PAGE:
Fresh evidence today that some of the fresh faces on Capitol Hill are making an effort not to follow in the footsteps of the congressional class that came before them.
Fresh evidence Friday that some of the fresh faces on Capitol Hill are making an effort not to follow in the footsteps of the congressional class that came before them.
While many of the newcomers in 2010 became known for increasing the gridlock on the Hill, at least some of the freshman class of the 113th Congress are trying to embrace bipartisanship. In fact, a group of 36 freshman members signed a letter last month calling on leaders of both parties to “put partisanship aside and our country’s future first.”
That spirit of reaching across the aisle was evident on The Daily Rundown Friday when Reps. Luke Messer, R-Ind., and Steve Horsford, D-Nev., joined Chuck Todd. Both men come to Capitol Hill from their state legislatures. With Messer nodding in agreement, Horsford told Todd that “we work across party lines to get things done that need to get done in state government.”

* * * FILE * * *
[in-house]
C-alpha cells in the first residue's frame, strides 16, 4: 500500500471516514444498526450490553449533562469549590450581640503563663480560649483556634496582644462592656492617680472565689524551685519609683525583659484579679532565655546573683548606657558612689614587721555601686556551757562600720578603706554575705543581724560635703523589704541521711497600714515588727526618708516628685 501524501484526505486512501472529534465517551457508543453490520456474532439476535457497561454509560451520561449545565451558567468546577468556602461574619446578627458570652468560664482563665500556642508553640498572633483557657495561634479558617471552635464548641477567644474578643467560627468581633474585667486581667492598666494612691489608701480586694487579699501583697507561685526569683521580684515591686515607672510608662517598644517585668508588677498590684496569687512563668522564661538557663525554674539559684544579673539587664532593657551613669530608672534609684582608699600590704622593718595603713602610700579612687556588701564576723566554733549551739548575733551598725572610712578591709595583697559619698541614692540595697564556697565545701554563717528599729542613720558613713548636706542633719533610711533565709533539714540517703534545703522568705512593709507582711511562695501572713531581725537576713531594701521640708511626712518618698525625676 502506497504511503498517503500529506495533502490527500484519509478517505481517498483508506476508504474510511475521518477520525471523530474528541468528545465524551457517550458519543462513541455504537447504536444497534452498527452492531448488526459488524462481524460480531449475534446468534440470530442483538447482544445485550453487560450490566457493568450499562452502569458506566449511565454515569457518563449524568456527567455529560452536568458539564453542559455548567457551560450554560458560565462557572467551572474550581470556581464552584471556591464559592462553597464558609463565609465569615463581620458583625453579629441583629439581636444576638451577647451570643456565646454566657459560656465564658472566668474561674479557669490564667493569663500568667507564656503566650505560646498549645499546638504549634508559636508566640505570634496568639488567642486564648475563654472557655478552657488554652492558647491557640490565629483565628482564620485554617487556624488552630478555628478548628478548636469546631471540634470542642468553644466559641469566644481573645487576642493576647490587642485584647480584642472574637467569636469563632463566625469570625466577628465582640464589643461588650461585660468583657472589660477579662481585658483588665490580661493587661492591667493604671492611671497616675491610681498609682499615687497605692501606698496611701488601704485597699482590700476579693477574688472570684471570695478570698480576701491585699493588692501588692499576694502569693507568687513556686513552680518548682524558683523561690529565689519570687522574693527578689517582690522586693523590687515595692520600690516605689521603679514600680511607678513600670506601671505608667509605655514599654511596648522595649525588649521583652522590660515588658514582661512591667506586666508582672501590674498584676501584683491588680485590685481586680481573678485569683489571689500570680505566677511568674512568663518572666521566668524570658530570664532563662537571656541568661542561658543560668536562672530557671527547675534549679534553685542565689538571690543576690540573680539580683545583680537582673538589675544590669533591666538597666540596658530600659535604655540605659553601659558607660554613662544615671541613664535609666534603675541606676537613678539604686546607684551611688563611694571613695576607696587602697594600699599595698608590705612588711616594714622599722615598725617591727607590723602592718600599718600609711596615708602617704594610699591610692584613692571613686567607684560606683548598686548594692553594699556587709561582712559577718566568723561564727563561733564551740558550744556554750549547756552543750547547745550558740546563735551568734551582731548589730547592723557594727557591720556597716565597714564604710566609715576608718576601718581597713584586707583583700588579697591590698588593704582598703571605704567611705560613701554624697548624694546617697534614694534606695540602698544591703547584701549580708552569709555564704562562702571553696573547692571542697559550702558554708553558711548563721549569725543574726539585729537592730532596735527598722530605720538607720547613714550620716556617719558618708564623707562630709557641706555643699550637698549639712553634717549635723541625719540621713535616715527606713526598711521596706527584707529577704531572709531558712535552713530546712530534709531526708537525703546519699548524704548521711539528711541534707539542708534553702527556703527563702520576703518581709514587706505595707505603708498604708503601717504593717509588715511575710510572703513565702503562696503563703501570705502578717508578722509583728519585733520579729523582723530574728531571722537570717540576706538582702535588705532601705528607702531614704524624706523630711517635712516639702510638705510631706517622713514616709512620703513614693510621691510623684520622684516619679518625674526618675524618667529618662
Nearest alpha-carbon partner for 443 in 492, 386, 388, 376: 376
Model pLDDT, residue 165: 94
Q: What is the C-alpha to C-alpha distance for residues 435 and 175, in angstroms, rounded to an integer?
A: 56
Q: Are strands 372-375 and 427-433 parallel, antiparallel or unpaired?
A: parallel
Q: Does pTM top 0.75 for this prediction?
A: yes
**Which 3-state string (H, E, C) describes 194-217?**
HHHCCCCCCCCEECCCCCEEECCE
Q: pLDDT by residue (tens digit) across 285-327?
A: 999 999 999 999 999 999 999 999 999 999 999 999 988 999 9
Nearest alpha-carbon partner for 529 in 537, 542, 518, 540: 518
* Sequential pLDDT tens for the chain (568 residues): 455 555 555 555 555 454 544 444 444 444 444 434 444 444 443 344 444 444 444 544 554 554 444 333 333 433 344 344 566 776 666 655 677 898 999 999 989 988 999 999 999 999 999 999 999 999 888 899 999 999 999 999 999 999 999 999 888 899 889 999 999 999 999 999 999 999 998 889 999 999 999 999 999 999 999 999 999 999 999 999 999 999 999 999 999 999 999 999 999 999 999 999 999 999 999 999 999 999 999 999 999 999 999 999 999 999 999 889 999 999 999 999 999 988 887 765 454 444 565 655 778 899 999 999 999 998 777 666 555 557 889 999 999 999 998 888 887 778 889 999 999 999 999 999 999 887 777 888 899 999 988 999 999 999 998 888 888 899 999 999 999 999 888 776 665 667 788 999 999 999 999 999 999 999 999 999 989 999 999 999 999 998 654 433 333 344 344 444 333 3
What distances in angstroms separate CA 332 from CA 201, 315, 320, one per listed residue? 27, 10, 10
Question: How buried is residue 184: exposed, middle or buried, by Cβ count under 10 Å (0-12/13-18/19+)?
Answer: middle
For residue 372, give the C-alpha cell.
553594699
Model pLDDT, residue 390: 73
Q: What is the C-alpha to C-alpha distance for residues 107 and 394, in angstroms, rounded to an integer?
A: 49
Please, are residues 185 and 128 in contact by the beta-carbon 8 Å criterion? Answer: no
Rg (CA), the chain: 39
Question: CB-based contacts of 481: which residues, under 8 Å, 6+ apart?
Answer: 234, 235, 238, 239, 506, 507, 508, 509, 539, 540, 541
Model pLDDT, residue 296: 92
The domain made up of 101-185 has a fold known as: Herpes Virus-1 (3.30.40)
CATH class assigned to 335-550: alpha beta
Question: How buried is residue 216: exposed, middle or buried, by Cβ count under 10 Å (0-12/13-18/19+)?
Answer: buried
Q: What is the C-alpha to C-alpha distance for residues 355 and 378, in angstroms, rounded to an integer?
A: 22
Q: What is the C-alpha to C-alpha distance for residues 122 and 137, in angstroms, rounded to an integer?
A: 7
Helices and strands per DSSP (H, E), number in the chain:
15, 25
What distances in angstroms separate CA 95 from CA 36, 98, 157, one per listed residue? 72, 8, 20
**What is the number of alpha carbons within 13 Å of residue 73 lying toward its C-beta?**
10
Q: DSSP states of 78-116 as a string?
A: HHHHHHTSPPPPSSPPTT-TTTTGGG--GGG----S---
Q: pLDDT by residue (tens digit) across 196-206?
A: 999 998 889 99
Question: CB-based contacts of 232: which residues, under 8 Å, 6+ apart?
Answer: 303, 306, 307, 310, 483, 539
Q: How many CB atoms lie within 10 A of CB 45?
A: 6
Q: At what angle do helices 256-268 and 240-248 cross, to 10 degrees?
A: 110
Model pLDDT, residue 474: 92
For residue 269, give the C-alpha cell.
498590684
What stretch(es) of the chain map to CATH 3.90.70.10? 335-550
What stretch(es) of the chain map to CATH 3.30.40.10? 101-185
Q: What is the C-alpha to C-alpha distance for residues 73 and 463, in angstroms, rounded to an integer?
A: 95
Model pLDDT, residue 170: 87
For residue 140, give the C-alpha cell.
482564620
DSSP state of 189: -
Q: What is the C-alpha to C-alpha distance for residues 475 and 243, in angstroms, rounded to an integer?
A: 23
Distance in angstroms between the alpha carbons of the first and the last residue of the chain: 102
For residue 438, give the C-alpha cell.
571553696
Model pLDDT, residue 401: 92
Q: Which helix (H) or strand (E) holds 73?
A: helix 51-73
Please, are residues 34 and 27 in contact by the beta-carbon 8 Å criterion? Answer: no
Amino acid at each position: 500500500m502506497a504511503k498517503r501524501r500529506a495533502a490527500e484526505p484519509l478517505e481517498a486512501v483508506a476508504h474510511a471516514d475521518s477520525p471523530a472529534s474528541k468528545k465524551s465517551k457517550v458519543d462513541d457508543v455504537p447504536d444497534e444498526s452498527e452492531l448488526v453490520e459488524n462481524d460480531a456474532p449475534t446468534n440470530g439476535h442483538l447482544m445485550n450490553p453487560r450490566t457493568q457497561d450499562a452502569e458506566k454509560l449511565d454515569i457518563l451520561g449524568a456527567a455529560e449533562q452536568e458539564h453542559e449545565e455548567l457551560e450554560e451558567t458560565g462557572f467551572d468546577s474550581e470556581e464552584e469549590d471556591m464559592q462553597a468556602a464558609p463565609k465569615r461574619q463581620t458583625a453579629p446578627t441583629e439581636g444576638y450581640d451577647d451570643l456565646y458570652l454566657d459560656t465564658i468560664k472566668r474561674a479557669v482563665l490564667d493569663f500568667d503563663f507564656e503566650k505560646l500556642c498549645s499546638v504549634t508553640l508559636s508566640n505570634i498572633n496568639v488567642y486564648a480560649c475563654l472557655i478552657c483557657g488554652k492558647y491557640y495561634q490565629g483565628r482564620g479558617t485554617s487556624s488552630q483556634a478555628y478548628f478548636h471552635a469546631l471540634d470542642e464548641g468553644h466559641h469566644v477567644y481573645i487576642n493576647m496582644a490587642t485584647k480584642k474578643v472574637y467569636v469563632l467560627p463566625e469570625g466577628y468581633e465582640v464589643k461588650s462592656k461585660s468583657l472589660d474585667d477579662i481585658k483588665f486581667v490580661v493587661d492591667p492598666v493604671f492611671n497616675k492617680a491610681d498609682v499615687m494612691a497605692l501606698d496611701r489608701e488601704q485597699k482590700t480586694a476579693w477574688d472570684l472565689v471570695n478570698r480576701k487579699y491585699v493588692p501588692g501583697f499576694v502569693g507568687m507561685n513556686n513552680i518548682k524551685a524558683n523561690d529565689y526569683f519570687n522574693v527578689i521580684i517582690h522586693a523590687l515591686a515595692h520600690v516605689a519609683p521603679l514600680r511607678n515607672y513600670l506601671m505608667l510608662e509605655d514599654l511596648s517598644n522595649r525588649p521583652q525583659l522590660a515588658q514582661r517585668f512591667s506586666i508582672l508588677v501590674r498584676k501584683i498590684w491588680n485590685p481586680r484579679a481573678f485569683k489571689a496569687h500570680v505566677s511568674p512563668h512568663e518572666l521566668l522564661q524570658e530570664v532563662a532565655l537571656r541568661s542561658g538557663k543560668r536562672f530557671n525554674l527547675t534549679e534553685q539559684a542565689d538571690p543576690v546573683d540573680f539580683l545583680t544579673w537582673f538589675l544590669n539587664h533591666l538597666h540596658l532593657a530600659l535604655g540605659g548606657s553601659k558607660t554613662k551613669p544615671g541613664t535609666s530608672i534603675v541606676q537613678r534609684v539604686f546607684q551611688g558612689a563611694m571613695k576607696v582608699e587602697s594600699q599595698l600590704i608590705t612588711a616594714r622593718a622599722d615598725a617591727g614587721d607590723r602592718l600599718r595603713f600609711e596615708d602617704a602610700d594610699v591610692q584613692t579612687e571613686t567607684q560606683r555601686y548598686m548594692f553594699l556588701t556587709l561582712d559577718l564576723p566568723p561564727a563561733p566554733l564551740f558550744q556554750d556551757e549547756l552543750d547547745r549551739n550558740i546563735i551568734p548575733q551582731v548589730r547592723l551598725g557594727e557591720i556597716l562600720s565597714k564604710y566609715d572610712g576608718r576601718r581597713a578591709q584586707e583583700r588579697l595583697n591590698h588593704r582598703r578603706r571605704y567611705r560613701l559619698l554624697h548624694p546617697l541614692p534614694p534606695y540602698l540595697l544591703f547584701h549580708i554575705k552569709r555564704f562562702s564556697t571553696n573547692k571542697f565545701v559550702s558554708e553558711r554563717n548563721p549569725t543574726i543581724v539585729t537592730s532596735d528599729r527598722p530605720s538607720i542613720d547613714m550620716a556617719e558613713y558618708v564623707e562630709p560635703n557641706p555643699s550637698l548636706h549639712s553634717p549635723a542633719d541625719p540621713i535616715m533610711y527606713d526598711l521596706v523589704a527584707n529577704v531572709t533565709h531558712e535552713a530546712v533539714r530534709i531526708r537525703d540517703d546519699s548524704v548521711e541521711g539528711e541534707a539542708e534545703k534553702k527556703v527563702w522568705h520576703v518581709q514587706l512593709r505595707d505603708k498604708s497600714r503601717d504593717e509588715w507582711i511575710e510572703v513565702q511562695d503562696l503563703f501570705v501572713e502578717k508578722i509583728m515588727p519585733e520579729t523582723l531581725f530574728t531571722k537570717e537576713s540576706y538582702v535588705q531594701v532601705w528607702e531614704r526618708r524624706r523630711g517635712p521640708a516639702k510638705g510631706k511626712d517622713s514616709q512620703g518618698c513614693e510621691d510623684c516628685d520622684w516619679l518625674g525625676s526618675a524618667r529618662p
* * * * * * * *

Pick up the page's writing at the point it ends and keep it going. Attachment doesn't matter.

Messer, who is the president of the Republican freshman class, told Todd that this freshman class is “a little bit unique” because it is fairly evenly divided between Democrats and Republicans. Messer said that even though “there’s not very much that brings us together” he’s hoping to create more efforts to get everyone together.